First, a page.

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UN Peacekeeping in Africa: Are We Winning or Losing?

Since its establishment in 1948, the modern concept of peacekeeping has been integral to the international liberal order. The end of the Cold War revitalised peacekeeping, introducing a broader human security framework aligned with the post-Westphalian model. The UN Security Council began authorising “second-generation” peace operations aimed at not only monitoring cease-fire agreements but also addressing the root causes of conflicts through comprehensive “peace-building” efforts.


Expanding Missions and Rising Challenges

However, the UN’s multidimensional missions in Africa have often struggled to achieve their goals, fueling growing resentment among local populations. Africa, where over 80 percent of the 90,000 UN field personnel are deployed, has become a focal point for peacekeeping. Thirteen African UN missions have been launched since 2000, with four of the largest ongoing operations commanding a significant portion of the $6.1 billion budget for the 2023-2024 fiscal year.

The security landscape in Africa has dramatically changed in the past 15 years. The fragmentation of Libya post-Qaddafi led to widespread instability across the Sahel. The 2023 Global Terrorism Index reported a dramatic increase in terrorist attack fatalities in the Sahel, with jihadist activities spreading across Western and Eastern Africa. Additionally, there has been a rise in military coups in West Africa and the Sahel, alongside ongoing conflicts in Ethiopia, Sudan, and the Democratic Republic of the Congo (DRC).

Major Setbacks and Local Backlash

The UN’s difficulty in effectively addressing these developments has led to a backlash against peacekeeping operations. In July 2023, Mali requested the termination of the UN stabilisation mission in the country. In September, DRC President Felix Tshisekedi called for an accelerated withdrawal of the UN mission, MONUSCO, from his country.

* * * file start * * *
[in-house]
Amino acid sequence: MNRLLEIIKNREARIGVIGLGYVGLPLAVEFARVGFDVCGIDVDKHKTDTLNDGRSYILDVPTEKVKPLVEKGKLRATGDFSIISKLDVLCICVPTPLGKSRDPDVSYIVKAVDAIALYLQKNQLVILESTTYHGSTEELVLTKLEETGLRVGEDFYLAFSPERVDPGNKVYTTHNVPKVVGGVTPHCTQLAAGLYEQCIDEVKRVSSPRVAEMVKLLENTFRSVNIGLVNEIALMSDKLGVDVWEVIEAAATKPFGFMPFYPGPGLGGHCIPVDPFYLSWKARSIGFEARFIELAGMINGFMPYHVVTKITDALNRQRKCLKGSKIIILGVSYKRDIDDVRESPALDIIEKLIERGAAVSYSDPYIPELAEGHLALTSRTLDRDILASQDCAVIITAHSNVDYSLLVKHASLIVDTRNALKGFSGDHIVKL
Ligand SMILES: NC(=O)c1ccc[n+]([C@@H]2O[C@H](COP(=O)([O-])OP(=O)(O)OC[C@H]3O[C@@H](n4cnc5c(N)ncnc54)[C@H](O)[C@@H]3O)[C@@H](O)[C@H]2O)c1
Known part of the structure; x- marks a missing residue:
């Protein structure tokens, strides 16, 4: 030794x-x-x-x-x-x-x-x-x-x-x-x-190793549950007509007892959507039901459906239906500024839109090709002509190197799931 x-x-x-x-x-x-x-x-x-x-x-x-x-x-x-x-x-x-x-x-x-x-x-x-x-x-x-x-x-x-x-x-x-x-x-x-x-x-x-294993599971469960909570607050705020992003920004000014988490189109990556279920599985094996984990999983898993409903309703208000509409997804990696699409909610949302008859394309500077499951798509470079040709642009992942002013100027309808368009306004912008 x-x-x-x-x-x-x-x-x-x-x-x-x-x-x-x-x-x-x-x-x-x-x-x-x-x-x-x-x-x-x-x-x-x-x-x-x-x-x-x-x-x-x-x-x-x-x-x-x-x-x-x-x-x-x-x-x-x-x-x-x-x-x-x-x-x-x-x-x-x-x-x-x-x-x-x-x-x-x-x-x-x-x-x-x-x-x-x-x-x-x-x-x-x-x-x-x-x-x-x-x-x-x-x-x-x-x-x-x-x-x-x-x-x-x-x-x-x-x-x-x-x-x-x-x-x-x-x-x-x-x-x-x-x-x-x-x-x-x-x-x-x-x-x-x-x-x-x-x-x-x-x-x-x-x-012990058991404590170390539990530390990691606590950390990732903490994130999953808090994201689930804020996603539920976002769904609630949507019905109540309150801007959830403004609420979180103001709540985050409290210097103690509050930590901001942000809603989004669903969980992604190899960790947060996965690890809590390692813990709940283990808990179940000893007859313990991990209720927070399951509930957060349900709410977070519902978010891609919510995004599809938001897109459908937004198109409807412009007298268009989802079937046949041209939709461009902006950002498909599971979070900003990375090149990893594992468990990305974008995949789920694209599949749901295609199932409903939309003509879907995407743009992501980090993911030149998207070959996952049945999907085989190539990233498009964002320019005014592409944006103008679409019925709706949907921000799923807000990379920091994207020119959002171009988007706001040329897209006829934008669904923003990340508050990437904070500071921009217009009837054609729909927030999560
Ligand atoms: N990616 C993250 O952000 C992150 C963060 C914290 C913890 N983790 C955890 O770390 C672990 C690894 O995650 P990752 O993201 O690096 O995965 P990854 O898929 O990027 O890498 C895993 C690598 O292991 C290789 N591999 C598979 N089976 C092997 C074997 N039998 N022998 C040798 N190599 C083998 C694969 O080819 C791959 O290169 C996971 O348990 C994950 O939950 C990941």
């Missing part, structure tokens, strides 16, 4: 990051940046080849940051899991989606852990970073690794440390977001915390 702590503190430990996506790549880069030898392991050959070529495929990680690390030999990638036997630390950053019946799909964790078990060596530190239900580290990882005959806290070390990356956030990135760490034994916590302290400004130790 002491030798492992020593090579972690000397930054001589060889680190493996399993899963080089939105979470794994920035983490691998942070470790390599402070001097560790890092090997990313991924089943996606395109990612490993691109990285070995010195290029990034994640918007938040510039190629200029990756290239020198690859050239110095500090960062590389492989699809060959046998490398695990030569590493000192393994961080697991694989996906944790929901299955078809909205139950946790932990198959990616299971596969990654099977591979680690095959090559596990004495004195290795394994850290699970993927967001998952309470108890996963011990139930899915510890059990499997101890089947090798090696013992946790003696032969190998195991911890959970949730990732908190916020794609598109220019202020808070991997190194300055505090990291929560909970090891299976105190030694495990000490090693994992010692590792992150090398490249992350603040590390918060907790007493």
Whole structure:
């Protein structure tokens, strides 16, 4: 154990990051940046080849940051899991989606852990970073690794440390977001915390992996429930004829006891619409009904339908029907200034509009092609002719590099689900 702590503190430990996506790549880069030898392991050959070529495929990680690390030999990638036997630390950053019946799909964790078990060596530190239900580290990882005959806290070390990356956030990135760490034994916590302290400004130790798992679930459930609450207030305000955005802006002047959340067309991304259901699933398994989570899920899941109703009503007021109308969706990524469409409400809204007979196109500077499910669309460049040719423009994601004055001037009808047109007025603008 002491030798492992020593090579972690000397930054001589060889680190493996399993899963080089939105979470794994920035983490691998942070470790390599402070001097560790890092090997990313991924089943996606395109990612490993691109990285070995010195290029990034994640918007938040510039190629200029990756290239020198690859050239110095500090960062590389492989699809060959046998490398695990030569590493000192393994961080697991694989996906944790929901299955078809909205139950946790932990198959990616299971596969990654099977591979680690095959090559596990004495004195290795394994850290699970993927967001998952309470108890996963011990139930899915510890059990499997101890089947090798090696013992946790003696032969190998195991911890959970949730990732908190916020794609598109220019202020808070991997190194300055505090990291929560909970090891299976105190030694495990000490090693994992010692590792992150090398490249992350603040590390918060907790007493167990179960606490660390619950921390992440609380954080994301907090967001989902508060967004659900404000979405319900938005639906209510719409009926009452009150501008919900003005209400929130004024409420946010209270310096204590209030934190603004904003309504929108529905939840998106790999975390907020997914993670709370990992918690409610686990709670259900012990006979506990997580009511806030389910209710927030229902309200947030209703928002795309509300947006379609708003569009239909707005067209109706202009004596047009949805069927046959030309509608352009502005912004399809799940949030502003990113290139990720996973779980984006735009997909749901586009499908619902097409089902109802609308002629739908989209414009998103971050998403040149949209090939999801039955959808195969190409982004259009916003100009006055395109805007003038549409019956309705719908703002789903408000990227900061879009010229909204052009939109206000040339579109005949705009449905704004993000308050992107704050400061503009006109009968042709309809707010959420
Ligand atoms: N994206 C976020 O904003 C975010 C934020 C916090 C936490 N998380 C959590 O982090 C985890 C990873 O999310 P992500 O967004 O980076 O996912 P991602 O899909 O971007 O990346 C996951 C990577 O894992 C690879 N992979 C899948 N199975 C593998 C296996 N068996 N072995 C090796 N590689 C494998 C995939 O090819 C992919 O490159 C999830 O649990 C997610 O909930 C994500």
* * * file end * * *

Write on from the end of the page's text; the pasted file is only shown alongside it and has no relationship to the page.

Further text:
The United Nations Multidimensional Integrated Stabilization Mission in Mali (MINUSMA), established in 2013, faced significant challenges. Following multiple coups and the withdrawal of French and European forces, MINUSMA’s 13,000-strong force departed in April 2023, leaving a vacuum filled by the Russian Wagner group. Continuous clashes between the military, jihadist factions, and separatists have led to widespread protests against the UN in Bamako, with accusations that MINUSMA failed to protect civilians and exacerbated local tensions.

Democratic Republic of the Congo

UN peacekeeping in the DRC has been ongoing since 1999, yet the mission has faced severe criticism. Violent protests in 2022 highlighted local dissatisfaction with MONUSCO’s inability to curb violence by armed groups. An agreement for MONUSCO’s withdrawal has been reached, with regional coalition forces set to take over security responsibilities.

Central African Republic

The UN’s mission in the Central African Republic (MINUSCA), deployed in 2014, also faces significant challenges. Despite initial improvements, the security situation has deteriorated since 2017. Russian support for President Touadera and bilateral agreements with Rwanda have altered the security dynamics, while protests against MINUSCA have persisted.

Kitsahang, DR Congo: Nepalese soldiers of Company Operating Base (COB) Kitshanga on a foot patrol in their area of domination. Photo: The Defense Post

The Future of Peacekeeping

The future of UN peacekeeping in Africa is uncertain amid evolving geopolitical dynamics and the increasing role of regional actors. The UN’s bureaucratic constraints, coupled with differing international perspectives, particularly within the Security Council, have hampered effective responses to crises. China, now a major financial and troop contributor, advocates for a sovereignty-focused approach, suggesting African-led security initiatives.

UN Secretary-General Antonio Guterres has expressed support for this model, recognizing the financial and operational limitations of traditional UN-led missions. This shift towards regional leadership in peace and stabilisation efforts has yielded mixed results, indicating a complex and evolving landscape for peacekeeping in Africa.

As the UN navigates these challenges, the success of future peacekeeping operations will depend on adaptive strategies that address both the immediate and underlying causes of conflict, while ensuring the support and involvement of local populations and regional stakeholders.


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